A striking design that does stand out on the shelf among other beers.
It looks like a juice and pours a hazy orange with a very generous brilliant white head. That was probably due to my aggressive pour. However it does fade down to finger thick top that stays the duration. It leaves a moderate decorative lacing around the glass as it goes down.
The nose is a vibrant array of tropical fruits from a hoppy mix of Mosaic, Simcoe and Strata. It smells sweet and it oozes hops, you just know it is going to be a fruity affair.
The taste reveals a little bitter front that is laced with citrus fruit like grapefruit, but seems earthy too. A smooth and almost creamy mouthfeel turns it to a sweetness like pineapple and strawberry.
As the hoppy and bitter front turns to sweet, it then ends with a slight dry edge. I found the more I drank, the sweeter it got.
It is not a beer I would drink a few of, and that is not advisable anyway. At 7.0% Vol it is a bit feisty and best consumed with caution.
It scores a rate my beer of 4.1 – 5.0, with M’Lady scoring it a close 4.0 -5.0.
Salt Beer Factory have a solid core range of beers that at the moment consists of seven beers. Only two of these beers are session beers. The others rise above 5.0% Vol, reaching the dizzy heights of 8.0% Vol.
However that is nothing, Salt also have what they call the Hexagon Project. This is a range of small batch beers where they go wild with their brewing, experimenting with different methods and ingredients.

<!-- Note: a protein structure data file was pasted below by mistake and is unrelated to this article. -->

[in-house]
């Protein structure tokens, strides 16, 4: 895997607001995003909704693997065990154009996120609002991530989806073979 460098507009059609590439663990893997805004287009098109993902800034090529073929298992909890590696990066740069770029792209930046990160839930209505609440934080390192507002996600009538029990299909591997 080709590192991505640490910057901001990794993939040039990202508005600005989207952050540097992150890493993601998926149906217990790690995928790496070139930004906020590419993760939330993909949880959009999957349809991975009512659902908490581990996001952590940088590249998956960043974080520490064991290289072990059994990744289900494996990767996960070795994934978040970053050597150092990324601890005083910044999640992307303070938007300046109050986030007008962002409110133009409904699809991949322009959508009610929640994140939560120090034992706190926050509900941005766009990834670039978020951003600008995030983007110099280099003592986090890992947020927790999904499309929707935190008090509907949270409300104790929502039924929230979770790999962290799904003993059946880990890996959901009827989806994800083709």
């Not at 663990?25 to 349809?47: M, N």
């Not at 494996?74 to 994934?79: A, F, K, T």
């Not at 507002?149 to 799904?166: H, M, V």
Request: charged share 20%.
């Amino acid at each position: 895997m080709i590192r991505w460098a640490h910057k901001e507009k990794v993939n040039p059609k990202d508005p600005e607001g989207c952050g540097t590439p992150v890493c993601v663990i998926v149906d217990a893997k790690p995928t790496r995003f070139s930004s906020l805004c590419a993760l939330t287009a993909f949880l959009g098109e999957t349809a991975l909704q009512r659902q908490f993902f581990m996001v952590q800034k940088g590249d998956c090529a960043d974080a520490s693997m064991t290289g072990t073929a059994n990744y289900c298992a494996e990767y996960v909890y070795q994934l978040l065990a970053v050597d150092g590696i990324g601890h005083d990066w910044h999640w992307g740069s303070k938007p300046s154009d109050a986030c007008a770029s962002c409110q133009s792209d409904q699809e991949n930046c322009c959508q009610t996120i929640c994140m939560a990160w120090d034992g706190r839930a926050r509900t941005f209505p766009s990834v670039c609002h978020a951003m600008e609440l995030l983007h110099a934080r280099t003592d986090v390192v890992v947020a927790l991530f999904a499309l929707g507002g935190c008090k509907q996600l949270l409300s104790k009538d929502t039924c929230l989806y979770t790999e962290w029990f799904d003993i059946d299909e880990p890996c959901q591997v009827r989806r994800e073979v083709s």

These beers can be a little more powerful, one of which at the moment is a hefty Imperial Stout with a13.0% Vol strength tag.
Salt also does a range of special beers and collaboration beers too. But for now I will feature a few from their core range.
Jute is a Hazy Session IPA brewed for any occasion and ready to thrill with a crisp refreshing feel. It incorporates a selection of American and Australian hops.
It is juicy and citrus with a low end bitterness and packs a big flavor. At just 4.2% Vol it really can be enjoyed for any occasion.
This is one that I have got my eye and am looking forward to giving it a test drive.
As you may have guessed by the name this Junior NEIPA it blasted with the very popular Citra hops. It promises to be a juicy citrus frenzy with accents of mango, guava and lychee.
Blasted with dry hopping gives it a full body and plenty of bitterness at the end. Being a junior NEIPA it only comes it at a sensible 4.3% Vol.
This makes it ideal at any time (with in reason) and one I will definitely be trying soon.
Spiking things up a bit, we have a nail biting Double NEIPA that could blow our socks right off. Brewed with American and New Zealand hops it promises a low bitterness with a full on flavor.
Notes of gooseberry, grape and tropical fruits star in the mouth could make it memorable. However tread carefully because it is a hard hitting tropical machine. At 8.0% Vol it is not going to be the best idea for a session.
Salt Beer Factory is an interesting and exciting brewery that like to brew with freedom and no limits. So you have to praise them for that, and for their incredible growth in such a small time frame.
Glide sits in a style that is popular and plentiful, for me it didn’t stand out. Having said that I still want to explore more of what Salt have to offer. Their core range is my first target, even though my first sample Glide is a collaboration.
Have you experienced any of the Salt beers?
If so do share your thoughts and opinion on the brewery and their beer.